Tuesday, January 18, 2011

Image Transfer, Part II

Next step - how to get the image transfers, which at this point are like thin rubber sheets, onto an actual clay piece?

Two problems to overcome. First, the transfers are translucent. So to make the image really "pop" it needs to be over a light colored surface. And since white is not an ink color but rather an absence of ink, any white in an image transfer is actually just an empty area that will go from translucent to transparent when properly heated. So to keep the white in an image, the surface you apply it to needs to be white. But what if you don't want your finished piece to be white? That would be pretty boring, if everything you made with transfers had to be white!

With that in mind, I decided to put a thin white backing on my transfers so that I can then apply them to any color surface and not lose the "pop". Or the white where it should be white. So first I made a sheet of Premo white, #5 on the pasta machine. After carefully trimming the transfers I laid them over the white sheet, cut out the background shape I wanted, then removed the transfers. I then baked the white pieces and sanded the tops, to get a very smooth surface to apply the transfers to.

To permanently adhere the liquid clay transfers to the cured white clay, I need to use a thin layer of liquid clay as "glue" to form the bond. Now here's where dilemma #2 comes in. The white backing bakes at 275*, any higher and it will most likely burn. (Will definitely burn, I should say, as I tried it at 300. I had to see for myself.) But the liquid Kato, according to the manufacturer's website, should be baked at 300* for 20 minutes to get a matte finish, then at 350* for another 10 minutes to achieve crystal clarity. What to do, what to do ....

I ended up doing it in two steps. First I brushed a thin layer of the liquid Kato onto the backs of the transfers, smoothed them onto the white backings and baked at 275* for 15 minutes. That gave me a bond without burning anything but left the surface of the transfers very dull and matte. I still need to get the liquid clay hot enough to clear it up and make it glossy. Without burning the white clay.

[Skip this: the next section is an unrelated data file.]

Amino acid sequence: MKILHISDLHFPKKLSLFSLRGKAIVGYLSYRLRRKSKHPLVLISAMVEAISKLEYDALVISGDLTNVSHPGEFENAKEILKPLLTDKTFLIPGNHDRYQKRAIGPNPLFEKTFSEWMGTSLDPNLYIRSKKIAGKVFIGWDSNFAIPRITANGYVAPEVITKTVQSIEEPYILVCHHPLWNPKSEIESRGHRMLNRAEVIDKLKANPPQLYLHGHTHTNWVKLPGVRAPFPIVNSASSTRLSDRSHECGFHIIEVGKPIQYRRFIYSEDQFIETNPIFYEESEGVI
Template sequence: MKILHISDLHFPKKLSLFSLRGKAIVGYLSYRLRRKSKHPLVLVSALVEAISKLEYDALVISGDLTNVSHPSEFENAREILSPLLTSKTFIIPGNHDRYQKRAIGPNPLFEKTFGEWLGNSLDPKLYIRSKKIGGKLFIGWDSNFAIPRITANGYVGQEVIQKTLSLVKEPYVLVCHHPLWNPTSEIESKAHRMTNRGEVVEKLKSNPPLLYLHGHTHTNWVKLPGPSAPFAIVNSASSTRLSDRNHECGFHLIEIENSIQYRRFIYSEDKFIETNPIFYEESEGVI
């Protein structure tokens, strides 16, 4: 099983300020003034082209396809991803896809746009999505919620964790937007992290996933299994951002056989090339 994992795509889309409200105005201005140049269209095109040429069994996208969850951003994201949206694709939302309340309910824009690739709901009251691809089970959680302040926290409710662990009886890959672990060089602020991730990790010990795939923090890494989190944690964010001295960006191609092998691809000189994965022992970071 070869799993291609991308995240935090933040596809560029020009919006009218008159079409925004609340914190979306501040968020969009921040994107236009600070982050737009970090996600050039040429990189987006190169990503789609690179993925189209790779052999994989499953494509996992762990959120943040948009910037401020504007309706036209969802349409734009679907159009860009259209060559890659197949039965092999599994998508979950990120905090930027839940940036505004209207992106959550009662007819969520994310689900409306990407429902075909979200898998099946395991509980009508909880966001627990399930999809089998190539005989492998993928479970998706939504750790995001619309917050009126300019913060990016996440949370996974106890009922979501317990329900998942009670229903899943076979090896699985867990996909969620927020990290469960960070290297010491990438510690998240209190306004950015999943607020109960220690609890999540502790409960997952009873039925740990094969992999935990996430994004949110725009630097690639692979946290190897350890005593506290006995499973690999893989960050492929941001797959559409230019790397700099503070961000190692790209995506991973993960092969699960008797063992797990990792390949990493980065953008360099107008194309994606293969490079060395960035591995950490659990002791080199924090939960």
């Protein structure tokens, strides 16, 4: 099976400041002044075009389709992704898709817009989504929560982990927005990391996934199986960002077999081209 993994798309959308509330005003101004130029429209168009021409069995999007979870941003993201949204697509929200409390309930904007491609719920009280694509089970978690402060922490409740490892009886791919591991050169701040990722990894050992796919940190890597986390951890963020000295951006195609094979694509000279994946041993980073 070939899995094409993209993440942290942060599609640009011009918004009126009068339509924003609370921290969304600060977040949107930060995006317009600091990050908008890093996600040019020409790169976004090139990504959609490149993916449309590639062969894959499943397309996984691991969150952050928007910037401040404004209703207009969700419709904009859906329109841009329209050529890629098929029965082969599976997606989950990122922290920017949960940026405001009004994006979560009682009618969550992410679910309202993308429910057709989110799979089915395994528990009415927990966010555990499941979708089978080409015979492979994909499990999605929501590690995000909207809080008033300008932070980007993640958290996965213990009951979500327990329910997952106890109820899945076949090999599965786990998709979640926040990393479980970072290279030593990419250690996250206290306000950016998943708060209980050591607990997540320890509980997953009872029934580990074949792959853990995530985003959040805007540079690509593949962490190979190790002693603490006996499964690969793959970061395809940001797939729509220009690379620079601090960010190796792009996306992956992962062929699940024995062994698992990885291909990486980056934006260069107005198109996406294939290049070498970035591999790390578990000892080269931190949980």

So I got the heat gun out and did a couple of pieces without applying any more liquid clay. That did not work out very well as the exposed white Premo clay areas burned. I was pretty sure that would happen but had to try it anyway.
With the remaining pieces, I brushed a layer of the liquid clay over the entire top, hoping that would protect the white Premo areas from the heat gun, and it did! Was able to clear up the liquid clay and get a nice glossy surface, with no burning.


The cured pieces are thin enough they can be still be trimmed with scissors if desired (though next time I will make the backings thinner, as thin as I can) and are ready to be made into ... somethings.

As I continue to go along, I am sure that I will be able to shorten this process, combine or eliminate steps, etc. But for now I am happily moving along, learning as I go. Which by the way, here are a few things I have learned so far.

#1) Most tutorials I have read re using liquid clay say to apply it in very thin layers, cure, and repeat if desired to build up thickness. When I brushed it on as thin I could, I did not get very good results. It ended up with a sort of crackly texture. I got better results applying it a bit thicker.